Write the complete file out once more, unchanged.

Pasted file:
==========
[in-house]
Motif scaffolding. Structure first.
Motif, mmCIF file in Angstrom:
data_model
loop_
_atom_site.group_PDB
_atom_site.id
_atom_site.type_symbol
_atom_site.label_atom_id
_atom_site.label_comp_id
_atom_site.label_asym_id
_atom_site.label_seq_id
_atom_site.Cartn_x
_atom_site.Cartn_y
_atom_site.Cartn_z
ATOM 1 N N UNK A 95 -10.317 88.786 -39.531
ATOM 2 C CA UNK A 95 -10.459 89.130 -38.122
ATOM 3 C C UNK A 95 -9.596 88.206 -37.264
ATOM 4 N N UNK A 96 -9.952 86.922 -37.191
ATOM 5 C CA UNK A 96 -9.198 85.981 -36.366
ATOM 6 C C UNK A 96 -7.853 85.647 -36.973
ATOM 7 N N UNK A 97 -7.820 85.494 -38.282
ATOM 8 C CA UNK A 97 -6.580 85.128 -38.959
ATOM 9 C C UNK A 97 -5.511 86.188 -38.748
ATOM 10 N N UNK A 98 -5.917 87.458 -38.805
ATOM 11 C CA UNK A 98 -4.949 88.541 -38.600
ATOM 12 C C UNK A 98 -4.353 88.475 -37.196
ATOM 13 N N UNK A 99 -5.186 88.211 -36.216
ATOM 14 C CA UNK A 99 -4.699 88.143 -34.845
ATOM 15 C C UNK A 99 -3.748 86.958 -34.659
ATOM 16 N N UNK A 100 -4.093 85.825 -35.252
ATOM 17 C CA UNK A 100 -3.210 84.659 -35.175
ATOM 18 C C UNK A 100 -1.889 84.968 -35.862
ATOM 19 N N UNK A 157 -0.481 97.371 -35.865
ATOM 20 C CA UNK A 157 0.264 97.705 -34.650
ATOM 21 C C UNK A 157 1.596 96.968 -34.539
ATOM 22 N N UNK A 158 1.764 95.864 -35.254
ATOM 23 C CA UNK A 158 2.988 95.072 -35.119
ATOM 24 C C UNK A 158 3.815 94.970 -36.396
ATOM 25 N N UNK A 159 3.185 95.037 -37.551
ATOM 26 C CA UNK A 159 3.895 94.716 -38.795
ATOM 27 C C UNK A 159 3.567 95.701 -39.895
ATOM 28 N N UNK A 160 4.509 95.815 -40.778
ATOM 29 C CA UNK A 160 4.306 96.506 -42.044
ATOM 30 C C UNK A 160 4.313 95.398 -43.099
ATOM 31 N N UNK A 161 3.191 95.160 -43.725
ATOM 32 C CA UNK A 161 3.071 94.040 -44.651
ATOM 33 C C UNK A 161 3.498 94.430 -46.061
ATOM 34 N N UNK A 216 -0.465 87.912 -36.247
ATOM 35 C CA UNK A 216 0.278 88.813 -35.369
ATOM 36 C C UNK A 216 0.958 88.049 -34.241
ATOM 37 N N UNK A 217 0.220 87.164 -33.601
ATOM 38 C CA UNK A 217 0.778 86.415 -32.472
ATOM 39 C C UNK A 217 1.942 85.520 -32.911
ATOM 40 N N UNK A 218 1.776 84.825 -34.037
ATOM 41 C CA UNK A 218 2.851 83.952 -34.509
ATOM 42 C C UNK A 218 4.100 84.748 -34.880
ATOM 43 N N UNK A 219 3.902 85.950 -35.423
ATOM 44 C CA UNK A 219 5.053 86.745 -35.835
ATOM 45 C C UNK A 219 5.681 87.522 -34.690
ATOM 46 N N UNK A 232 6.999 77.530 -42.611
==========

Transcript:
[in-house]
Motif scaffolding. Structure first.
Motif, mmCIF file in Angstrom:
data_model
loop_
_atom_site.group_PDB
_atom_site.id
_atom_site.type_symbol
_atom_site.label_atom_id
_atom_site.label_comp_id
_atom_site.label_asym_id
_atom_site.label_seq_id
_atom_site.Cartn_x
_atom_site.Cartn_y
_atom_site.Cartn_z
ATOM 1 N N UNK A 95 -10.317 88.786 -39.531
ATOM 2 C CA UNK A 95 -10.459 89.130 -38.122
ATOM 3 C C UNK A 95 -9.596 88.206 -37.264
ATOM 4 N N UNK A 96 -9.952 86.922 -37.191
ATOM 5 C CA UNK A 96 -9.198 85.981 -36.366
ATOM 6 C C UNK A 96 -7.853 85.647 -36.973
ATOM 7 N N UNK A 97 -7.820 85.494 -38.282
ATOM 8 C CA UNK A 97 -6.580 85.128 -38.959
ATOM 9 C C UNK A 97 -5.511 86.188 -38.748
ATOM 10 N N UNK A 98 -5.917 87.458 -38.805
ATOM 11 C CA UNK A 98 -4.949 88.541 -38.600
ATOM 12 C C UNK A 98 -4.353 88.475 -37.196
ATOM 13 N N UNK A 99 -5.186 88.211 -36.216
ATOM 14 C CA UNK A 99 -4.699 88.143 -34.845
ATOM 15 C C UNK A 99 -3.748 86.958 -34.659
ATOM 16 N N UNK A 100 -4.093 85.825 -35.252
ATOM 17 C CA UNK A 100 -3.210 84.659 -35.175
ATOM 18 C C UNK A 100 -1.889 84.968 -35.862
ATOM 19 N N UNK A 157 -0.481 97.371 -35.865
ATOM 20 C CA UNK A 157 0.264 97.705 -34.650
ATOM 21 C C UNK A 157 1.596 96.968 -34.539
ATOM 22 N N UNK A 158 1.764 95.864 -35.254
ATOM 23 C CA UNK A 158 2.988 95.072 -35.119
ATOM 24 C C UNK A 158 3.815 94.970 -36.396
ATOM 25 N N UNK A 159 3.185 95.037 -37.551
ATOM 26 C CA UNK A 159 3.895 94.716 -38.795
ATOM 27 C C UNK A 159 3.567 95.701 -39.895
ATOM 28 N N UNK A 160 4.509 95.815 -40.778
ATOM 29 C CA UNK A 160 4.306 96.506 -42.044
ATOM 30 C C UNK A 160 4.313 95.398 -43.099
ATOM 31 N N UNK A 161 3.191 95.160 -43.725
ATOM 32 C CA UNK A 161 3.071 94.040 -44.651
ATOM 33 C C UNK A 161 3.498 94.430 -46.061
ATOM 34 N N UNK A 216 -0.465 87.912 -36.247
ATOM 35 C CA UNK A 216 0.278 88.813 -35.369
ATOM 36 C C UNK A 216 0.958 88.049 -34.241
ATOM 37 N N UNK A 217 0.220 87.164 -33.601
ATOM 38 C CA UNK A 217 0.778 86.415 -32.472
ATOM 39 C C UNK A 217 1.942 85.520 -32.911
ATOM 40 N N UNK A 218 1.776 84.825 -34.037
ATOM 41 C CA UNK A 218 2.851 83.952 -34.509
ATOM 42 C C UNK A 218 4.100 84.748 -34.880
ATOM 43 N N UNK A 219 3.902 85.950 -35.423
ATOM 44 C CA UNK A 219 5.053 86.745 -35.835
ATOM 45 C C UNK A 219 5.681 87.522 -34.690
ATOM 46 N N UNK A 232 6.999 77.530 -42.611